All three major indexes ended down for the week. Most notably, Nasdaq lost approximately 2.8 percent as the tech stocks didn’t fare well. The S&P 500 declined 2.2 percent for the week, while the Dow Jones Industrial Average lost 1.7 percent.
Among the S&P 500 sectors, it was the consumer discretionary sector that lost the most at 3.6 percent. Perhaps this is not surprising as the year-to-date, it lost 34.8 percent. Information technology lost 2.7 percent for the week and is now down 26.6 percent year-to-date.
The energy sector gained 1.8 percent. No other sector apart from energy in S&P 500 ended the week in the green.
The Federal Reserve increased interest rates for the seventh time. This time around, the increase was half a percentage point, versus 0.75 percent we have become accustomed to. The market was spooked because the Fed officials hinted that the benchmark rate might be even higher next year. The market seemed to haven’t anticipated further hikes in the next year, which spooked it.
A disappointing US retail sales report weighed on the markets on Thursday. The report further strengthens the thought that the Fed might have future rate increases and the economy slides toward a recession. The report showed a decline of 0.6 percent in November, the largest in eleven months, and further raising concerns the thought that the economy might be sliding further into recession.
The problem doesn’t seem to be curtailed in the United States alone.
The central banks around the world in countries like Switzerland, the United Kingdom, European Union also increased the interest rates. The statement by the bank of England that the economy seems to be in a recession further weighed down on stocks globally.
The inflation for the month of November came in at 7.1 percent and remains stubbornly high. If you exclude food and energy costs, the core inflation was only 0.2 percent as compared to the previous month. This marks the slowest inflation increase since August 2021.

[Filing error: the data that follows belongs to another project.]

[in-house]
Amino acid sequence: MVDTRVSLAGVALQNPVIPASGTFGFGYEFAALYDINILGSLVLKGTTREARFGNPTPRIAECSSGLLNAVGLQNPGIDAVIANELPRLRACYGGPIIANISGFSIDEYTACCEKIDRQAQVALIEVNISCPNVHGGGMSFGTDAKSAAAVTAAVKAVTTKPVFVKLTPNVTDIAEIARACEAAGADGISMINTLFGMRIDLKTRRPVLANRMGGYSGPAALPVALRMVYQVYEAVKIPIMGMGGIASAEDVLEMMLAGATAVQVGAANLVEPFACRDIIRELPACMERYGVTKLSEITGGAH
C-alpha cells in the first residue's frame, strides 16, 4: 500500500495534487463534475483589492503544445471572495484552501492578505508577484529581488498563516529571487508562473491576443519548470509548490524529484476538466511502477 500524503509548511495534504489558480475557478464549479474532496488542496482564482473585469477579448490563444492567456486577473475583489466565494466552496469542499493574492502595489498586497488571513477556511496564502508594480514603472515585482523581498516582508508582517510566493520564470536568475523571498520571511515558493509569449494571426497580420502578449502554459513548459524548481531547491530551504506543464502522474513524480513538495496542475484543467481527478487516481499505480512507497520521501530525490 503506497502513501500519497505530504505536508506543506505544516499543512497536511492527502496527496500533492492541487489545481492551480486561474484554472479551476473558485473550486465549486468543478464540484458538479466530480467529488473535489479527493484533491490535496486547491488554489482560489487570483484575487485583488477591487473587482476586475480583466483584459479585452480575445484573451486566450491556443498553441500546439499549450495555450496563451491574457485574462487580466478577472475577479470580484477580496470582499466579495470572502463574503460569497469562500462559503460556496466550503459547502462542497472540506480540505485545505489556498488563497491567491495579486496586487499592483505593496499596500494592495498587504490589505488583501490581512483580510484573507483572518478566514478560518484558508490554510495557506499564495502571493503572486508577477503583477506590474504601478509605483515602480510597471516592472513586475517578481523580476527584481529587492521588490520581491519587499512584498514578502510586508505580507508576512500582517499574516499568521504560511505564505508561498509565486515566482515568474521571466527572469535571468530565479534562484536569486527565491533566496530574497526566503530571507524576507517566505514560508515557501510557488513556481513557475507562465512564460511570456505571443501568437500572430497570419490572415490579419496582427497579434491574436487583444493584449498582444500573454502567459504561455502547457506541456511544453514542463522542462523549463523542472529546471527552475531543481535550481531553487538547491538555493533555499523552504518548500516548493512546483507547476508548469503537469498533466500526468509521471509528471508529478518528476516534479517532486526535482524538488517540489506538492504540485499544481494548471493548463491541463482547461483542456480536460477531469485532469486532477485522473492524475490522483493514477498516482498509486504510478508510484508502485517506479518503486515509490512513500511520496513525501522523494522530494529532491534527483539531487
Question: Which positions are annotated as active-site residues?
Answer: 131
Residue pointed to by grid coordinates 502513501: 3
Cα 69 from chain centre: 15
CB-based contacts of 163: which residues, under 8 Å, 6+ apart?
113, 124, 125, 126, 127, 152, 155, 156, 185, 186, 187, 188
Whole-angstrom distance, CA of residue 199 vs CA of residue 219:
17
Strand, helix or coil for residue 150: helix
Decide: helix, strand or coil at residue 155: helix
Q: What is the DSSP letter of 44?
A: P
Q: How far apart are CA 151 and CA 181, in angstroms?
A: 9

With the final two weeks of 2022 nearing, the focus will now shift to the earnings. According to Wall Street analysts, the S&P 500 is slated to record an average growth rate of approximately 5 percent. Even if these forecasts come true, it will be a big slowdown from the 2021 growth rate of 47.9 percent. Truth be told, the 2021 growth rate was high because of the base effect due to Covid 19 crisis. However, even when you consider the average growth rate of the last ten years, it has been around 8.5 percent.
One of the most essential reports next week will be the personal consumption expenditures price, set to be released on Friday. Any negative surprise in this number will surely give rise to more interest rates in the future. The last time this report was released, inflation rose by 5 percent in October, excluding food and energy prices. The number, however, was lower than 5.2 percent in the month before that.
According to the historical data, the next twelve months after the Fed interest rate cycle peak are positive for equity and bonds. That is why equity markets are expected to fare better once the Fed stops hiking rates. If that happens, we might see a broad market rally at the beginning of next year.
As for the numbers next week, quite a few important reports are being released. To start with, on Monday, there is the housing market index report by the National Association of Home Builders. The US bureau of economic analysis will also release the third quarter GDP estimate on Thursday. Additionally, weekly employment claims will be released on the same day.
Key Reports to Look for This Week
Housing Market Index by the National Association of Home Builders
Housing Starts, US Census Bureau
Existing Home Sales
Consumer Confidence Index
National Association of Realtors
US Bureau of Economic Analysis,
Third-quarter GDP (Estimate),
US Department of LaborWeekly Unemployment Claims,
Personal Consumption Expenditures Price Index
Durable goods, US Census Bureau
New Homes Sales, US Census Bureau
The University of Michigan Index of Consumer Sentiment